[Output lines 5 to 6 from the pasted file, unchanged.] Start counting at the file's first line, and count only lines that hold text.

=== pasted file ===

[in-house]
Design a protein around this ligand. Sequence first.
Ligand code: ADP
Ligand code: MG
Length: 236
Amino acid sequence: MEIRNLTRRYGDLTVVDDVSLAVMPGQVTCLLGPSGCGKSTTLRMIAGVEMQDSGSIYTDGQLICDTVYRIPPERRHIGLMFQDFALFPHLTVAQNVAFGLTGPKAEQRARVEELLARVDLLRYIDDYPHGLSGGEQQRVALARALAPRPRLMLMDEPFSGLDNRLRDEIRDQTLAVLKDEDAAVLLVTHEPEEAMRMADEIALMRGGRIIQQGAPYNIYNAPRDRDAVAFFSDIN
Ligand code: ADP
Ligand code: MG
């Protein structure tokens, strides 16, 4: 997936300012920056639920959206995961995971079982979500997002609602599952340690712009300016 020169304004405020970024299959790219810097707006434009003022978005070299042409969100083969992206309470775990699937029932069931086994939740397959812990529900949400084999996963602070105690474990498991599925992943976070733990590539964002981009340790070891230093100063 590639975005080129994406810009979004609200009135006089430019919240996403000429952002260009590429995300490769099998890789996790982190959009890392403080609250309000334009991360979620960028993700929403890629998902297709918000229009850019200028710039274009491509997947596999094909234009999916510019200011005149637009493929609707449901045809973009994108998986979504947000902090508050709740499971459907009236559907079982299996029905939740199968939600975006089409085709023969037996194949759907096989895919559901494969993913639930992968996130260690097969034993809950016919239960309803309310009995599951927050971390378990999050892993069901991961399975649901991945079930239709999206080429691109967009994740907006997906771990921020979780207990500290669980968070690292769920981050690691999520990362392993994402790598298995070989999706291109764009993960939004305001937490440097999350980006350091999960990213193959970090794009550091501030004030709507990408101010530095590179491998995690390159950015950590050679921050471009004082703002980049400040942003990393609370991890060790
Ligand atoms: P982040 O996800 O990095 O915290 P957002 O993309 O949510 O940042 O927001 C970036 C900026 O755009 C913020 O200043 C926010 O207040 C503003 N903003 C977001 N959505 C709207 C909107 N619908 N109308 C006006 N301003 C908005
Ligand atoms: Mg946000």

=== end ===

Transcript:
Length: 236
Amino acid sequence: MEIRNLTRRYGDLTVVDDVSLAVMPGQVTCLLGPSGCGKSTTLRMIAGVEMQDSGSIYTDGQLICDTVYRIPPERRHIGLMFQDFALFPHLTVAQNVAFGLTGPKAEQRARVEELLARVDLLRYIDDYPHGLSGGEQQRVALARALAPRPRLMLMDEPFSGLDNRLRDEIRDQTLAVLKDEDAAVLLVTHEPEEAMRMADEIALMRGGRIIQQGAPYNIYNAPRDRDAVAFFSDIN